Well, sheesh, I thought, you don’t mind? You can take it or leave it? If I really want to make the effort to fix it, you’ll do me the favor of drinking it?
Peeved a little, I went to the shacky kitchen and brewed the chai, the Kenyan way. I steeped tea leaves in a pan with boiling water, then poured in a copious amount of milk, added a motherload of sugar and brought the lot up to a boil again. No spices like the Indian variety. I had a package of British cookies (biscuits) and put some on a plate, because in Holland you never just offer tea and coffee without something sweet to go with it. The girls said thank you very nicely when I handed them the tray. I left the door ajar, since it seemed so rude to just close it in their faces.
After the storm blew over, I went outside again and found the girls gone, the cups empty, the cookies eaten, the world sparkling.
It wasn’t until later that I learned that in Kenya “I don’t mind” simply means “Yes, please.”
As in many countries that have English as their official language, Kenya too has its own local usages and idioms. It’s often referred to as Kenglish. Here are a few:
“Let me give you a push.” No, that does not mean your Kenyan friend will shove you in a corner. It means that when you’re leaving to go somewhere, he’ll walk along with you.
Say you’ve been gone for a while, on vacation, or on home leave. After you’re back in Kenya, people are happy to see you again and will comment: “You’ve been lost!” (And been found again!)
“Can you pick me?” Pick you for what? To win a prize? To join your team? No, it means: Can you give me a ride/lift? And when you’ve reached your destination you ask the driver to stop because you want to alight. Now you can make sense of the sign at the top of the post.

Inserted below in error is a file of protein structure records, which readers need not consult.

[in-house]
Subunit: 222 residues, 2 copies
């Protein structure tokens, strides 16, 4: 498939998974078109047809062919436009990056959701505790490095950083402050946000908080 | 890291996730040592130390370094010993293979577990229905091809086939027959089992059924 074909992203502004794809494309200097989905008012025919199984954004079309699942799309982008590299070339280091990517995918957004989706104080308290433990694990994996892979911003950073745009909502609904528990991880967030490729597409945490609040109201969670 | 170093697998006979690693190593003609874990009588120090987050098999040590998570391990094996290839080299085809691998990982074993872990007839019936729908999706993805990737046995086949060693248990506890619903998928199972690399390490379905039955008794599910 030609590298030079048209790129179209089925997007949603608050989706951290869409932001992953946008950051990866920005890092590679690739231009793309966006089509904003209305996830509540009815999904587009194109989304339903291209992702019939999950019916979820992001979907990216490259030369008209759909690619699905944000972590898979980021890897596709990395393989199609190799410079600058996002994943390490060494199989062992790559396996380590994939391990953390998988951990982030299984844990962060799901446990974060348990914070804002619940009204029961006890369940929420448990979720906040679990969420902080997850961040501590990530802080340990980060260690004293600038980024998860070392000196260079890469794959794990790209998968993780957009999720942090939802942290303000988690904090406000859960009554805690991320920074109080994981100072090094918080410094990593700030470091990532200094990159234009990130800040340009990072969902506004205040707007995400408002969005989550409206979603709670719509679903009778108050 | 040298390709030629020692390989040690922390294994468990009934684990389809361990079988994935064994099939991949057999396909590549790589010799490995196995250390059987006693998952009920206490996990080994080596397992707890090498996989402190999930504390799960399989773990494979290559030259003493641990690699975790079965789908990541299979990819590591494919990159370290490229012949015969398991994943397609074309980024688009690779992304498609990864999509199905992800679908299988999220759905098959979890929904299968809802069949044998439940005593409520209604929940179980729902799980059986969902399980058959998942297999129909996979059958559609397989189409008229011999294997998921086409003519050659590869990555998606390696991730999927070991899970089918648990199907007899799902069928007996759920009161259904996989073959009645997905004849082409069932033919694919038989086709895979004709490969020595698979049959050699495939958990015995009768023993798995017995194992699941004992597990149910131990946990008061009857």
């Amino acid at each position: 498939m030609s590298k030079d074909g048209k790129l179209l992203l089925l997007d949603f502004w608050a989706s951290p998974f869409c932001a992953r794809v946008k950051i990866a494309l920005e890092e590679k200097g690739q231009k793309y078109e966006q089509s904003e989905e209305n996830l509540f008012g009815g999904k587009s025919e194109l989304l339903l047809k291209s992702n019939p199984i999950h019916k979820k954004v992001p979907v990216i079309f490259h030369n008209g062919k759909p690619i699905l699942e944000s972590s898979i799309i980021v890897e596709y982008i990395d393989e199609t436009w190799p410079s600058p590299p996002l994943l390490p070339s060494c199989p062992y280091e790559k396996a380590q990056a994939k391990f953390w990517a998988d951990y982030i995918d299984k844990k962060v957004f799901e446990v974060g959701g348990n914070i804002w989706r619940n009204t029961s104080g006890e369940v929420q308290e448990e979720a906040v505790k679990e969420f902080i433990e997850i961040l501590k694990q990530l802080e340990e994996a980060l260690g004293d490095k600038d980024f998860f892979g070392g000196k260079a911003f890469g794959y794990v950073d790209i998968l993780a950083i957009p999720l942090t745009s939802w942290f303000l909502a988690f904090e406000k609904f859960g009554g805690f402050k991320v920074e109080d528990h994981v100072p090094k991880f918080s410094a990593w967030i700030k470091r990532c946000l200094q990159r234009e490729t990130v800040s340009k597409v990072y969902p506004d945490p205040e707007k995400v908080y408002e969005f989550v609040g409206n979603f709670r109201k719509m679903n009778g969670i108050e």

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Have you ever been flabbergasted by some language confusion? Do share! The more colorful and embarrassing, the better.
From Hong Kong: “you are so poor” doesn’t just mean that you are financially not well off but, rather, is meant to be an expression akin to the more conventionally English “poor you” (loosely translated, “oh dear, I feel so sorry (for you)”)! 😀
From Malaysia: Can you “on” the air-con and “off” the fan? (Rather than “switch on” and “switch off” respectively).
Also from Malaysia: In e-mails, “Please revert” = “please reply”.
I love reading your blog – your stories make me feel as if I’m right there. I could completely imagine these two terrified girls with machetes in their hands. 🙂
I’ve not had any serious confusions with language, since few Peruvians speak English to any great degree. I do get a giggle every time I’m looking at real estate and see that a bedroom includes a “walking closet”. And as mentioned above, the English translations on menus can sometimes be quite a chuckle too!